TI Releases Annual Corruption Perceptions Index
Transparency International released its annual Corruption Perceptions Index on Wednesday, indicating little improvement in global corruption levels over the past six years.
New Zealand tops the list with the lowest perceptions of corruption, followed by the usual Nordic front runners, Denmark, Finland and Norway.
Somalia, South Sudan and Syria have found themselves on the bottom.
Western Europe was listed as the best-performing region and Sub-Saharan Africa as the worst.
The countries which have improved their scores include Ivory Coast, Senegal and the United Kingdom.
TI’s Index is created for 180 countries, ranking them on a scale between 1 and 100, with 1 being the most corrupt and 100 being the most clean. More than two thirds of countries ranked scored below a 50.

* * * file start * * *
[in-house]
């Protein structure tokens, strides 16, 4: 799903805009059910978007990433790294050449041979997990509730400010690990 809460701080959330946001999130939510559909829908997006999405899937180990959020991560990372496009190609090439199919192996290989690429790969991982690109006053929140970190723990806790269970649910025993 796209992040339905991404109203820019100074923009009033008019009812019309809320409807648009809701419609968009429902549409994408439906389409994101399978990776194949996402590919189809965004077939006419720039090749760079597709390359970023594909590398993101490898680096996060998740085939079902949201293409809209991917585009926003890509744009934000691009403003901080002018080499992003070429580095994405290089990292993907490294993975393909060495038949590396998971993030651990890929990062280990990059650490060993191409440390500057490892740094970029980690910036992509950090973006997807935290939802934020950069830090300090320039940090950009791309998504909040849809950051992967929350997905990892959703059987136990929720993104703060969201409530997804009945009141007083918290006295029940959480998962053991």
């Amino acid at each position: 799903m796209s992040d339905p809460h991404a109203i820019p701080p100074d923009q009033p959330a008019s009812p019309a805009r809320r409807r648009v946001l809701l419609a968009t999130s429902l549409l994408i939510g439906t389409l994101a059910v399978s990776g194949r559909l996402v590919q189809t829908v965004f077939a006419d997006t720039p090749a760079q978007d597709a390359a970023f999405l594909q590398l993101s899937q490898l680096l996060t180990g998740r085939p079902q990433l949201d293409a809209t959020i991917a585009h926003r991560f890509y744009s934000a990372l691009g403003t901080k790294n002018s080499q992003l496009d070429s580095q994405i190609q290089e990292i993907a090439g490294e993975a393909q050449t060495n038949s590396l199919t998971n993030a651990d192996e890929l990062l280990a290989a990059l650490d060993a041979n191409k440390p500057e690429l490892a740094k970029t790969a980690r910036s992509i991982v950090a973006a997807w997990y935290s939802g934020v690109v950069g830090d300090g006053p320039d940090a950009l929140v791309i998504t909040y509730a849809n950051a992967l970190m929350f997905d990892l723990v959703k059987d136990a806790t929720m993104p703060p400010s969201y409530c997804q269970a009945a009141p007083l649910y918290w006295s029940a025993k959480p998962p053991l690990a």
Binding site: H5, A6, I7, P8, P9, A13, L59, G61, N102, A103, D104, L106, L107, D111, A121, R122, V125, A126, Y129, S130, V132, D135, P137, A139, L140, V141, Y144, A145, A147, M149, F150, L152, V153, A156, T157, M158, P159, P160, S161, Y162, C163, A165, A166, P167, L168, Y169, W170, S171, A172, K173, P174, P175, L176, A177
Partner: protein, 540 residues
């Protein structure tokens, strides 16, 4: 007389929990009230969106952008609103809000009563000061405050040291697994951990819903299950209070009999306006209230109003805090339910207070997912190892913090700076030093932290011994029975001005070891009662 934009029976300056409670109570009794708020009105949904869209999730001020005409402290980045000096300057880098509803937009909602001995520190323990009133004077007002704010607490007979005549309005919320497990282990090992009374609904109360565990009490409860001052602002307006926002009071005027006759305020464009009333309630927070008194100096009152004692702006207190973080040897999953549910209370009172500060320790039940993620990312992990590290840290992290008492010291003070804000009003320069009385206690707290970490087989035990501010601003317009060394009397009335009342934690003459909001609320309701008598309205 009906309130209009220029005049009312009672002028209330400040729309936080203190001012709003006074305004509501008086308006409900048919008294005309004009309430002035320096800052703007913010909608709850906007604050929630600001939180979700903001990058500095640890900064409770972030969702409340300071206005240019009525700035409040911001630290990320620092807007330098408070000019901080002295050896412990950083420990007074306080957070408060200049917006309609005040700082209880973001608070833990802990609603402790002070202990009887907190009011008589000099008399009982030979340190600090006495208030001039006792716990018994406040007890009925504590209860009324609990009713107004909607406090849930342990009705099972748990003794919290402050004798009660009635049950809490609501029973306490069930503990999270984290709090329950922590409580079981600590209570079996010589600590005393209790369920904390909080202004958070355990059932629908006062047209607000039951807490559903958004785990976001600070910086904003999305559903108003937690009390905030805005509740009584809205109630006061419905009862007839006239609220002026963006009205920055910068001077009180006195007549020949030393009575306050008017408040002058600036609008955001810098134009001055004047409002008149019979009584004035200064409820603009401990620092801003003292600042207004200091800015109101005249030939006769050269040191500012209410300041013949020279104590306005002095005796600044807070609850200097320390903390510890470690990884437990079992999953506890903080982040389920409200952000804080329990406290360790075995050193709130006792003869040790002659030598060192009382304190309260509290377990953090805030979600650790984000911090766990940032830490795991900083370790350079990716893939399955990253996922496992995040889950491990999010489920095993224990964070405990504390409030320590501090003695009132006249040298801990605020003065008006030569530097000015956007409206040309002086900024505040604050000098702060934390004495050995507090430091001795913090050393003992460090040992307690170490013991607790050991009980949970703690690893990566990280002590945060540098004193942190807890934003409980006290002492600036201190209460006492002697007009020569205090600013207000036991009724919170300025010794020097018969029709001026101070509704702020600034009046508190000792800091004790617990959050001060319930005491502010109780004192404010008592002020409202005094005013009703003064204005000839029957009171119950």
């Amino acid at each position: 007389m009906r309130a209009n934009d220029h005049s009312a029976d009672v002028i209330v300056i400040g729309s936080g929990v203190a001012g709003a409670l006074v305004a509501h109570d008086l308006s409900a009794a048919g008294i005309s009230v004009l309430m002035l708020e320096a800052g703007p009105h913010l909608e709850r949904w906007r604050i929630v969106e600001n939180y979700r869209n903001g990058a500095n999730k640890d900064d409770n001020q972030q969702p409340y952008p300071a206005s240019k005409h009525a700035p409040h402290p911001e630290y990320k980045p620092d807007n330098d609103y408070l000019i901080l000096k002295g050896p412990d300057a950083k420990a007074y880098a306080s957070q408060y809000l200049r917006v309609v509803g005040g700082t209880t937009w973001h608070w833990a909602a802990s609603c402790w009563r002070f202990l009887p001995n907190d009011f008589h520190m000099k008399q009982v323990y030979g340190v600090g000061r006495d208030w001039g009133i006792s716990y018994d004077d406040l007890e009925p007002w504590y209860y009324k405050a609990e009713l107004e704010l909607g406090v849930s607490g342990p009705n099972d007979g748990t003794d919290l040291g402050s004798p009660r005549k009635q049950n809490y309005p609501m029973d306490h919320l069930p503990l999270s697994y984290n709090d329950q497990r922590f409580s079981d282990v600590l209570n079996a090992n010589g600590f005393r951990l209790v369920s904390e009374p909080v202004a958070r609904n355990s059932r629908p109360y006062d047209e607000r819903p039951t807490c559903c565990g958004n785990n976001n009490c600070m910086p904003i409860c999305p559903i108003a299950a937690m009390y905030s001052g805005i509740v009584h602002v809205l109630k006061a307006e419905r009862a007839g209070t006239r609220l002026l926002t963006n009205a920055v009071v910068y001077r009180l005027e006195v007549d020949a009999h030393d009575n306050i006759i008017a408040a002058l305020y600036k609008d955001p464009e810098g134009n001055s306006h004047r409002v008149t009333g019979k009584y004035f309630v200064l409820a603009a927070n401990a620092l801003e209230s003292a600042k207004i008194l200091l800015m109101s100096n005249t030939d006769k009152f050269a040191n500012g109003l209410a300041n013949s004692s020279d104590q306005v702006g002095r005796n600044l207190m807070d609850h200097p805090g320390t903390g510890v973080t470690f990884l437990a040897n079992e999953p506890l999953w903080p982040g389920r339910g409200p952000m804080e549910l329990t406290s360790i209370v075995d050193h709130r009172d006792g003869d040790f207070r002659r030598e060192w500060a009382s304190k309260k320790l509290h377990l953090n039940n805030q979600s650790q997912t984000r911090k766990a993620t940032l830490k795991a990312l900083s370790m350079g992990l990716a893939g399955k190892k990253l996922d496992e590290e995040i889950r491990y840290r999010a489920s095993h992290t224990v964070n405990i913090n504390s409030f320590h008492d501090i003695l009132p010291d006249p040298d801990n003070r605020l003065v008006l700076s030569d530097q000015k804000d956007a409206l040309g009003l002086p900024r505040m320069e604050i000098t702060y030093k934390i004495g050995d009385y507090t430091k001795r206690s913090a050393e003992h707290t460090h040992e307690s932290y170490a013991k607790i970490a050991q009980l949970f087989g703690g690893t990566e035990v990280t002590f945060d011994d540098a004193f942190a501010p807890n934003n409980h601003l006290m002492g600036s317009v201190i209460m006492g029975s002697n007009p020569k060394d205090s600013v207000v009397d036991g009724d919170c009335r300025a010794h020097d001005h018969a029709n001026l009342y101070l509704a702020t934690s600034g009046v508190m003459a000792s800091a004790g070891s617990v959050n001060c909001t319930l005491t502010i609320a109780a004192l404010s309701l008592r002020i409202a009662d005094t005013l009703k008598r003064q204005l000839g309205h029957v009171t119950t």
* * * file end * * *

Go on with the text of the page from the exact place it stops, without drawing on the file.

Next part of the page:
This year, TI’s press statements have emphasized that the fight against corruption correlates closely with media freedom. According to their data, countries with the least protection for press and activists correlated with the countries that score the lowest on their corruption index.
This data shows a different image of global corruption than the Tax Justice Network’s Financial Secrecy Index, released January 30th, which points to countries like the United States, Switzerland and Hong Kong as problematic. The Financial Secrecy Index measures transparency, ease of tax evasion and ability to launder money, while TI’s index focuses on perception of corruption.